Open Collections

UBC Theses and Dissertations

UBC Theses Logo

UBC Theses and Dissertations

Parent-child play interactions in immigrant South-Asian families Goldstein, Maya 2010-12-31

You don't seem to have a PDF reader installed, try download the pdf

Item Metadata


ubc_2010_fall_goldstein_maya.pdf [ 772.81kB ]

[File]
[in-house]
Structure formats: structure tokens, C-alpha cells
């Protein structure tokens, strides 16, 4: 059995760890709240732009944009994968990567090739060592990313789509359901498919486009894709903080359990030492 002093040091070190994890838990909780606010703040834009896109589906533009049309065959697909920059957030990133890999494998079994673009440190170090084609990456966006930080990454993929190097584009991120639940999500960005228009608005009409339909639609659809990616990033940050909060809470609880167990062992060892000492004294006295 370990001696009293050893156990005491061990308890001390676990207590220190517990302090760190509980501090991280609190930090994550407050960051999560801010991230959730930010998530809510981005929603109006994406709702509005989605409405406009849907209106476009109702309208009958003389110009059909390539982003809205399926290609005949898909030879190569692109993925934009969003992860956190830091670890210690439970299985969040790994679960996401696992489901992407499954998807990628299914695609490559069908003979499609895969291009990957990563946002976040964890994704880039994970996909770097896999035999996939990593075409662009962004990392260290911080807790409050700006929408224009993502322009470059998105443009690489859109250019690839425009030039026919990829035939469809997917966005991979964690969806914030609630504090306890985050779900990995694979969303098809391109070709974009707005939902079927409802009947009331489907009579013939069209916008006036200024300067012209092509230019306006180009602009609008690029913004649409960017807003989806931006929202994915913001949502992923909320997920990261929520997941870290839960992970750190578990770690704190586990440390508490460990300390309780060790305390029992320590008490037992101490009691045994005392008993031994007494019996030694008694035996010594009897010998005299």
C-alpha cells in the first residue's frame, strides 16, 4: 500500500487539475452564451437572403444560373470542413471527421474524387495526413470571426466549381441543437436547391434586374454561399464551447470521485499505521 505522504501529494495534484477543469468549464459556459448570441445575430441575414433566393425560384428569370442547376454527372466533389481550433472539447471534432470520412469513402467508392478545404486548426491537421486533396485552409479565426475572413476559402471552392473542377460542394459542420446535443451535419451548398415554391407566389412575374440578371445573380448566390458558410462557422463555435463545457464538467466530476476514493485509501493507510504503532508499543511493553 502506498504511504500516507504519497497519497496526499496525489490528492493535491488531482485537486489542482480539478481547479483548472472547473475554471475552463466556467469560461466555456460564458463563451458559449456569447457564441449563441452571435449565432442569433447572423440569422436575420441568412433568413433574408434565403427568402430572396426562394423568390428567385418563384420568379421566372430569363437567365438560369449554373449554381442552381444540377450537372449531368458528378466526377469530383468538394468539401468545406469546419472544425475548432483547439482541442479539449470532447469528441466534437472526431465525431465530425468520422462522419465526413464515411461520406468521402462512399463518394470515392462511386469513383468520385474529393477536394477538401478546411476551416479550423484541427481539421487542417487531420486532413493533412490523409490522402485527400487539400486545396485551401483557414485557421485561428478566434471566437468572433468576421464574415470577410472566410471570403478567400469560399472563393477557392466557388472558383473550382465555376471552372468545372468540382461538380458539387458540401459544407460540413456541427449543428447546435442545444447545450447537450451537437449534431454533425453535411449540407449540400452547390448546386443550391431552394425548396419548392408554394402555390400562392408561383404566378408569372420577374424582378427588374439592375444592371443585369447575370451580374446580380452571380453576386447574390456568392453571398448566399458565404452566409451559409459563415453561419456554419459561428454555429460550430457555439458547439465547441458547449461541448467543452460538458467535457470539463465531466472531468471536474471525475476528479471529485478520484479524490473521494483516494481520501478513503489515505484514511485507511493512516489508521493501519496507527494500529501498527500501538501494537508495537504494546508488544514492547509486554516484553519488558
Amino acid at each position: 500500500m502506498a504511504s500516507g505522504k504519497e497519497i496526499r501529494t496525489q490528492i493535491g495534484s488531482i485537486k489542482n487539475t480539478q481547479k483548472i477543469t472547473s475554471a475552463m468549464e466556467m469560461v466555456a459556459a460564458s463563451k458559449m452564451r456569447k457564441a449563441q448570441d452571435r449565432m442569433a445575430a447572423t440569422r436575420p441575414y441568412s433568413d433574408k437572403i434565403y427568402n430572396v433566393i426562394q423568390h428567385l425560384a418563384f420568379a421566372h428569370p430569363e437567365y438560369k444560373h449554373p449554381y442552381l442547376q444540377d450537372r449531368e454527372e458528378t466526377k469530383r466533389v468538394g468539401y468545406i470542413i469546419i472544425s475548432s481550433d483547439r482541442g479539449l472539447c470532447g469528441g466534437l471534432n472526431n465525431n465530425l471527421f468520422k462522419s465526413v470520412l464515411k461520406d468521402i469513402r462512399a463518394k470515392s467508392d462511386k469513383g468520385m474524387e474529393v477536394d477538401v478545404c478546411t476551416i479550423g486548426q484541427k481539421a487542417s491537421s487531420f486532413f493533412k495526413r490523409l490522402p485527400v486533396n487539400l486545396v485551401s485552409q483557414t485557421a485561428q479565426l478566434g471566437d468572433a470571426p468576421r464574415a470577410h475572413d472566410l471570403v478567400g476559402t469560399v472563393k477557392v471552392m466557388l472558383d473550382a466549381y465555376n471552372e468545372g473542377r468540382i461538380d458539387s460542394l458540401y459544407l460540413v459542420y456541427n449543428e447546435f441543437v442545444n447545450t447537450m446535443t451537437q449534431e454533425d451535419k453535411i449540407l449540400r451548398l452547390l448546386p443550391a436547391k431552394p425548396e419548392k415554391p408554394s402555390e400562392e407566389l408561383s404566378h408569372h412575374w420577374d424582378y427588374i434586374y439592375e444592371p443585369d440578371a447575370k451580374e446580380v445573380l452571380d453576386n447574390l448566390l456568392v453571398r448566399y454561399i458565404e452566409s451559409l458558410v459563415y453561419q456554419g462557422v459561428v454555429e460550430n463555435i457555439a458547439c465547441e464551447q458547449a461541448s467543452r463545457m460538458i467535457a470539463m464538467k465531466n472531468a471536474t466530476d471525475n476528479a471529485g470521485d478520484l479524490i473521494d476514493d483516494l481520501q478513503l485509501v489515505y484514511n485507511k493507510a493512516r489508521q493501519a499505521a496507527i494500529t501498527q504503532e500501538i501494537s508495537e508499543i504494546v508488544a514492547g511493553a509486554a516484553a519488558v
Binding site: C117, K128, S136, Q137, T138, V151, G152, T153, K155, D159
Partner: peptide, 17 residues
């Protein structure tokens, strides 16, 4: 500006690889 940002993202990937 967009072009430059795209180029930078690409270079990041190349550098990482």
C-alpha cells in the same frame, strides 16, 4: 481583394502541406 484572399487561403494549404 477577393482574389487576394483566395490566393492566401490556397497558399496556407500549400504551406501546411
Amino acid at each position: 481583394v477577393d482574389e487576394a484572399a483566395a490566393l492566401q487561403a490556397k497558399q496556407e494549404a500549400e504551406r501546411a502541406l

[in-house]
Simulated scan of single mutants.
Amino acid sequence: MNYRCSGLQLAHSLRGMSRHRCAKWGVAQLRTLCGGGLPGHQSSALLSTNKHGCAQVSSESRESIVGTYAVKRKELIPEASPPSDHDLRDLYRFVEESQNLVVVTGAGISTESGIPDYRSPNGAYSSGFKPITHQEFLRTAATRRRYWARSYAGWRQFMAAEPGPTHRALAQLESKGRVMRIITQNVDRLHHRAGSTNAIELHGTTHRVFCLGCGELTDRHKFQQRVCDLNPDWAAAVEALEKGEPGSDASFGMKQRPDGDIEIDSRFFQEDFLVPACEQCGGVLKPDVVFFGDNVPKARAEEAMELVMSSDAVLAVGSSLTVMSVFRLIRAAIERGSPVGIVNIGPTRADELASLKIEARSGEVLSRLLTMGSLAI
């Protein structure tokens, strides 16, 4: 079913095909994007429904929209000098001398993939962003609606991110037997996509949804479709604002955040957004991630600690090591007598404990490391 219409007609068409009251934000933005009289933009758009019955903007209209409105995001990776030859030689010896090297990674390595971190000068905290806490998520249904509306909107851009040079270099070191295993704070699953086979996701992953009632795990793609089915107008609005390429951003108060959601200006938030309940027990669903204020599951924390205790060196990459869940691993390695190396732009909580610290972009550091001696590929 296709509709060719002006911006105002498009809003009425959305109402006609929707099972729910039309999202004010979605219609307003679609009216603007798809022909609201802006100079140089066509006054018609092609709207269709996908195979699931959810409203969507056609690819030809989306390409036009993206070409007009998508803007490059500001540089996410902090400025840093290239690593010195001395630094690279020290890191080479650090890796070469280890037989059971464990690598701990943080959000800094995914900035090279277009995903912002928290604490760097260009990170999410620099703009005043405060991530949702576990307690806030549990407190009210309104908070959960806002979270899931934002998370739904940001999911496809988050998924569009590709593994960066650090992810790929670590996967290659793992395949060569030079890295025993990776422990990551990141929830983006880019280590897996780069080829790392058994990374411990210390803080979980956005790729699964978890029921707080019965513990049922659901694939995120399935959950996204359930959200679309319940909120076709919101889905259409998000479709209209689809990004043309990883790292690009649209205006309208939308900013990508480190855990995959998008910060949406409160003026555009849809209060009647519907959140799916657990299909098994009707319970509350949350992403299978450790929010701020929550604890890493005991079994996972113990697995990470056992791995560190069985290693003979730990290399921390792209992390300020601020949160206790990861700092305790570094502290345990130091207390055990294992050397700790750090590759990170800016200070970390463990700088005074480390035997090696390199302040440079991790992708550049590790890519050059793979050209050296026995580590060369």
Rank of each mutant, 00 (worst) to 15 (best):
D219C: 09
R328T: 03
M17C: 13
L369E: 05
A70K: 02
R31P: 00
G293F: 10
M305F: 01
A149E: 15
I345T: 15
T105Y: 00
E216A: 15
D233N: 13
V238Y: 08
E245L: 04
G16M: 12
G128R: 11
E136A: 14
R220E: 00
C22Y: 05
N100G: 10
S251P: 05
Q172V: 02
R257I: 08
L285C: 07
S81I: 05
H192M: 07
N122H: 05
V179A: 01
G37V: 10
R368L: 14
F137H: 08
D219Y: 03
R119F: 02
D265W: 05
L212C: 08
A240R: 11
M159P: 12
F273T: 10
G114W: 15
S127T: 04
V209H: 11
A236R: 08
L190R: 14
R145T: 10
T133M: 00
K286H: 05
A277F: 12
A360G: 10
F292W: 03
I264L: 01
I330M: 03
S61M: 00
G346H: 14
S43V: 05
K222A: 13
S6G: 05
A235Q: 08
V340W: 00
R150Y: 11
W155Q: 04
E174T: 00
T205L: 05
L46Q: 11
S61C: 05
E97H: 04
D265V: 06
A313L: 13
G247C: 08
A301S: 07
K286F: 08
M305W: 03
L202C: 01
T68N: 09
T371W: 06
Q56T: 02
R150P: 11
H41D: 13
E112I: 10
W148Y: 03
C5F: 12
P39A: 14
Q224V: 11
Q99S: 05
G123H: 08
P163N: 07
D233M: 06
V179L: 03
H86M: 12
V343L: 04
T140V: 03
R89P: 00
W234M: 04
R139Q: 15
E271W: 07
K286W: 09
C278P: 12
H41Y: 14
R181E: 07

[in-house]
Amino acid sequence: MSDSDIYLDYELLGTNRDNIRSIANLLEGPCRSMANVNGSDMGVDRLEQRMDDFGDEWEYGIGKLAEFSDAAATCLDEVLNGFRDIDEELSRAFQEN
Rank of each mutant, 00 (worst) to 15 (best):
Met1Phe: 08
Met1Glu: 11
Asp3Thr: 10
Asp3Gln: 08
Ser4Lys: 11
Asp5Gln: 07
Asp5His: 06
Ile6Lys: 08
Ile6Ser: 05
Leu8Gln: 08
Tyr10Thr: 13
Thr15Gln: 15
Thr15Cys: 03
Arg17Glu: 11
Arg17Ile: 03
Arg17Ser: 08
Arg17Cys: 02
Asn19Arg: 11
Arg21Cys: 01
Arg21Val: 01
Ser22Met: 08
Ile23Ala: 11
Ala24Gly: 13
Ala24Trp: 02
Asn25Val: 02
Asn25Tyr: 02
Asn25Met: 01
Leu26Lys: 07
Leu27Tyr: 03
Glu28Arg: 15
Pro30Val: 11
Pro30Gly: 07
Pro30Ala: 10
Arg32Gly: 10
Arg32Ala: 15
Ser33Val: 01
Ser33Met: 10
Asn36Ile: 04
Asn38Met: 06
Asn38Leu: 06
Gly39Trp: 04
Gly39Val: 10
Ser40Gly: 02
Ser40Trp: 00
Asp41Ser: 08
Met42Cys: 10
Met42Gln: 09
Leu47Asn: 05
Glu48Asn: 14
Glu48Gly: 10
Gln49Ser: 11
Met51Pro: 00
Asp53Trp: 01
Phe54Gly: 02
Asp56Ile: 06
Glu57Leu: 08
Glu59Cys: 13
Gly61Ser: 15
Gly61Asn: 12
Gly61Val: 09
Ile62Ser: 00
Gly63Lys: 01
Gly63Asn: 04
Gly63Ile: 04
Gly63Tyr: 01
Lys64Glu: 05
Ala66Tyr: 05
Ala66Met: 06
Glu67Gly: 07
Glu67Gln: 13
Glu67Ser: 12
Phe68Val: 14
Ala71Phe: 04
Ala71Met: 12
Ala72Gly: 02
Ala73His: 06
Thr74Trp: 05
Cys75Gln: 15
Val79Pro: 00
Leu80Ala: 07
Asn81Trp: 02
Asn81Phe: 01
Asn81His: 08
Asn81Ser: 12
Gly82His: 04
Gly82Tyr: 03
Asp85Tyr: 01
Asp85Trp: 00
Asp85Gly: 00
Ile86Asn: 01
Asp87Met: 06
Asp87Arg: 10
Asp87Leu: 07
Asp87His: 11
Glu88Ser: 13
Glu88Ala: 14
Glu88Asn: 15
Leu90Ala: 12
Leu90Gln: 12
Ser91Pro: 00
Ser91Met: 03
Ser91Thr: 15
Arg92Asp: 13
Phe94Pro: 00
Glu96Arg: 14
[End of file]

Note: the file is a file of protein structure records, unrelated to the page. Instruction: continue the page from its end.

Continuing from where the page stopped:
JSON: 1.0054369.json
JSON-LD: 1.0054369+ld.json
RDF/XML (Pretty): 1.0054369.xml
RDF/JSON: 1.0054369+rdf.json
Turtle: 1.0054369+rdf-turtle.txt
N-Triples: 1.0054369+rdf-ntriples.txt
Original Record: 1.0054369 +original-record.json
Full Text

Full Text